Plant Medicine, Part 1 of 5

Last weekend, I participated in a three-day Ayahuasca ceremony. This was my second time working with this plant medicine and its effects were profound. My first ceremony was about 2.5 years ago. Concerned with judgment, I have not publicly shared the deeply moving and healing experiences I’ve had. However, I can no longer stay silent. I believe that sharing will benefit others and myself, as I work to integrate as a fully authentic being. I am stepping out of my self-imposed closet to share my open-mind and open-heart… poco a poco.

This may be new to you – it was to me too a few years ago. But after seeing truth and value in many things that I once considered to be wrong or unfamiliar, I have learned to keep an open-mind. I hope that you can too.

About ten years ago, I was diagnosed with PTSD after just two visits with a therapist. While therapy is great for some, I was not interested in weekly visits or anti-depressants. Instead I sought to heal myself, trying everything from natural to synthetic substances, yoga, meditation, sound healing, journaling, personalized ritual, self-reflection, reading metaphysical and spiritual texts, holotropic breathwork, visiting ashrams and temples, and more. All of these have been valuable, but plant medicines have been among the fastest acting and most powerful in terms of self-realization and mental health.

Plant medicines are any consumable plant with medicinal properties such as ginger root and turmeric. However, my concern here is with psychoactive plants that are not commonly accepted such as Psilocybin (shrooms), Ibogaine, Ayahuasca, San Pedro, Rapé, and many others. There is so much talk already around Marijuana that I have little interest in discussing it now. And before reacting to the “psychoactive” property, please remember that caffeine and alcohol are psychoactive as well.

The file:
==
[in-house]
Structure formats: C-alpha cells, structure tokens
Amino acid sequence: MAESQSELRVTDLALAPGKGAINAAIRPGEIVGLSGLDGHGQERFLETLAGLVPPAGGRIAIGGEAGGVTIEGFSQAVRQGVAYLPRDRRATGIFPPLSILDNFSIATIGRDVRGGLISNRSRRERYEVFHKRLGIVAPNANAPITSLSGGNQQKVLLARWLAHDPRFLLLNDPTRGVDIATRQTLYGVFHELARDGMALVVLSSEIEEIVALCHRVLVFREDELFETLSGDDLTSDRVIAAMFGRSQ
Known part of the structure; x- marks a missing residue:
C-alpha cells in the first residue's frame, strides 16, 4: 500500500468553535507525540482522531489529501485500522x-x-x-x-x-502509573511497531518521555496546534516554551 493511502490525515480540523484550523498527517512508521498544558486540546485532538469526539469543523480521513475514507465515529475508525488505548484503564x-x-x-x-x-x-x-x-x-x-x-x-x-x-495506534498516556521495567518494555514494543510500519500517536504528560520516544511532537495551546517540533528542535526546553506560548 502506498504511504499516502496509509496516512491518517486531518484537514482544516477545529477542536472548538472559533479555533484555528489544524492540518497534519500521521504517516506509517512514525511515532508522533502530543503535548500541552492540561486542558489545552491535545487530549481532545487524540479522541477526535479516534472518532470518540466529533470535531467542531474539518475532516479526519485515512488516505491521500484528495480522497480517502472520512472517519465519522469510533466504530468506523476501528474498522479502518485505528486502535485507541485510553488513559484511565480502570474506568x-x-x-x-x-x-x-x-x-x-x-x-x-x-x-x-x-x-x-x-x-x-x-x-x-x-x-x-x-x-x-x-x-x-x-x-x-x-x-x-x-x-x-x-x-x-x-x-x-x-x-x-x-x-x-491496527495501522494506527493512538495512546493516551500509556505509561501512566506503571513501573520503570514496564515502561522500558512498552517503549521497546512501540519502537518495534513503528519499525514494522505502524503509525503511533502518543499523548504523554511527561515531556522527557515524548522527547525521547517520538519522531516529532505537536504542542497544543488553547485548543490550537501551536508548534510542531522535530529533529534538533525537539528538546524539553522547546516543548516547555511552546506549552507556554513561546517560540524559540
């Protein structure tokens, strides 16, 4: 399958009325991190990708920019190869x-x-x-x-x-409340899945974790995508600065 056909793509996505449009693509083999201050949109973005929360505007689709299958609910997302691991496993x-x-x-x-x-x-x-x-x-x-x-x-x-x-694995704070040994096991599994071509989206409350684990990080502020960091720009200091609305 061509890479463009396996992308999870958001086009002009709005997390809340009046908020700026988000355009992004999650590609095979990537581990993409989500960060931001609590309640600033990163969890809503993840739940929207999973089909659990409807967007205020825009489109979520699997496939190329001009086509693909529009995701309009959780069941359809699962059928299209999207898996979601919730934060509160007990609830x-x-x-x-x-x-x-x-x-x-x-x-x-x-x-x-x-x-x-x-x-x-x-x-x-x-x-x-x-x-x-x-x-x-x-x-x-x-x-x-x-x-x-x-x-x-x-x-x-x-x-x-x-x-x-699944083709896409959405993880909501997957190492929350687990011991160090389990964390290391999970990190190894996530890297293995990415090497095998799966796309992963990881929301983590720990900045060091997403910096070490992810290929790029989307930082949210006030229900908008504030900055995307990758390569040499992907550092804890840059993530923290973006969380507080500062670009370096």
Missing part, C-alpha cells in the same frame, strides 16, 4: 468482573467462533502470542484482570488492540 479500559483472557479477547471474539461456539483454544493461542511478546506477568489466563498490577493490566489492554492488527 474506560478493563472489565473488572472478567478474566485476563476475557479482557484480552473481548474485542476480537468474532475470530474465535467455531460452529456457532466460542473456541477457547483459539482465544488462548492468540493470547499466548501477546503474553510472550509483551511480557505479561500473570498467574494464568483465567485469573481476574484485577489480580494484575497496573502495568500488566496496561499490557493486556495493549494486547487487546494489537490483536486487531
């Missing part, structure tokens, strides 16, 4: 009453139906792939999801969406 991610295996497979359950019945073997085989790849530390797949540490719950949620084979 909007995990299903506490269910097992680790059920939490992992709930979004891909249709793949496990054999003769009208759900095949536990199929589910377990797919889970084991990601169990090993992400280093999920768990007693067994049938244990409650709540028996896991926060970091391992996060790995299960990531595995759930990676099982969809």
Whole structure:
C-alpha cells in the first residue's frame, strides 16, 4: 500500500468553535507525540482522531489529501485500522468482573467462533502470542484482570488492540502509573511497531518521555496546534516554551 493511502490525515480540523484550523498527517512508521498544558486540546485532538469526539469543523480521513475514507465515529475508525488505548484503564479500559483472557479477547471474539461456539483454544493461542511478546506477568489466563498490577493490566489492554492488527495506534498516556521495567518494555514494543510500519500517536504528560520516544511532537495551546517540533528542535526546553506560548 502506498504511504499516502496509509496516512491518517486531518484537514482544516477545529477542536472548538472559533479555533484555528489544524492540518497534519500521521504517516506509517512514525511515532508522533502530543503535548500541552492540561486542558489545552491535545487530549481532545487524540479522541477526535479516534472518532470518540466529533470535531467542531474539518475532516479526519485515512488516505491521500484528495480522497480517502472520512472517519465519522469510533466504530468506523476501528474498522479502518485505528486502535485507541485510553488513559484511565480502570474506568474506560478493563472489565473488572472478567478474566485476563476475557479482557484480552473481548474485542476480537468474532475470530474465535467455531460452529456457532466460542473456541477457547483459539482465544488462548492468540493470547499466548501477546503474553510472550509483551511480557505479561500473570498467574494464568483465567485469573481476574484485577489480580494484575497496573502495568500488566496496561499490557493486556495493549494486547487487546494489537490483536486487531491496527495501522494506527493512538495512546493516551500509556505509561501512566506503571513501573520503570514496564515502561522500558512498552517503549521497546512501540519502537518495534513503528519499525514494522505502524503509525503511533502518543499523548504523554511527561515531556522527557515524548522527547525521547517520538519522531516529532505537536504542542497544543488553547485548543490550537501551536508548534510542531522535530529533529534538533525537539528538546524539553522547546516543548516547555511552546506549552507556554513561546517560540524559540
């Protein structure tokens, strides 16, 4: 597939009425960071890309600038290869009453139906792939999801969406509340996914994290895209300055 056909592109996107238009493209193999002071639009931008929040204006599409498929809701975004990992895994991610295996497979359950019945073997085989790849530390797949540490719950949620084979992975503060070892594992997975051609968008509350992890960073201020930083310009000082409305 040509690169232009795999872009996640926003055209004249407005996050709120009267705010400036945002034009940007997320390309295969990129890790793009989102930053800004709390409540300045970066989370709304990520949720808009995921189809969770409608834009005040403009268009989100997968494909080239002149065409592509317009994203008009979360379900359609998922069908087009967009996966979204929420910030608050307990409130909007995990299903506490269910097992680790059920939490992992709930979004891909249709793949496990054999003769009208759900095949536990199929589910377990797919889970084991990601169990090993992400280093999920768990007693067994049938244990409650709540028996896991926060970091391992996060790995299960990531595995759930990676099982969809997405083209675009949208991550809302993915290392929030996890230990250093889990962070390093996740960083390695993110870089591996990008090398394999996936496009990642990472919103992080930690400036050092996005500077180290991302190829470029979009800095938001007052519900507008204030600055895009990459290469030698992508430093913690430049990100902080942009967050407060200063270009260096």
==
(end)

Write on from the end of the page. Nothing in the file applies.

Iboga, a plant found in Africa, has the potential to kick a long-term heroin addiction in a single dose. If it were to become legal, it would go a long way toward solving a major social crisis – yet it is not. Why? Because it has the potential to shut down much of the pharmaceutical and rehabilitation industries and so it remains an illicit substance in the United States.

Of course there are risks with these medicines, but equal and often greater risks exist with currently legal pharmaceuticals which hold far less healing power than what I’m discussing here. A main difference between these plants and pharmaceuticals like Prozac or Lithium is that nature does not have rich and powerful lobbyists influencing governmental actions, whose aims are often greed and societal control. Prozac and Lithium require a lifetime of use and are more numbing than healing. They limit the experience of life while these plants broaden it.

Rather than numbing, these plants allow us to feel. We’re able to bypass the limitations of our current mental and emotional states in order to experience deep love and connection, often for the first time in our lives – gaining a reference point for these feelings which remain accessible after the medicine wears off. But then, who would pay for Prozac?

In addition to their healing properties, there is the expansion of consciousness to be acknowledged. As part of this deep psychological work, I have transcended into planes beyond this 3-dimensional construct that we find ourselves in. These are important experiences that tune us into our spiritual nature, that allow us to explore our unconscious minds where our issues lie and to dissolve layers of tension and conditioning, leading to much richer and fulfilling lives.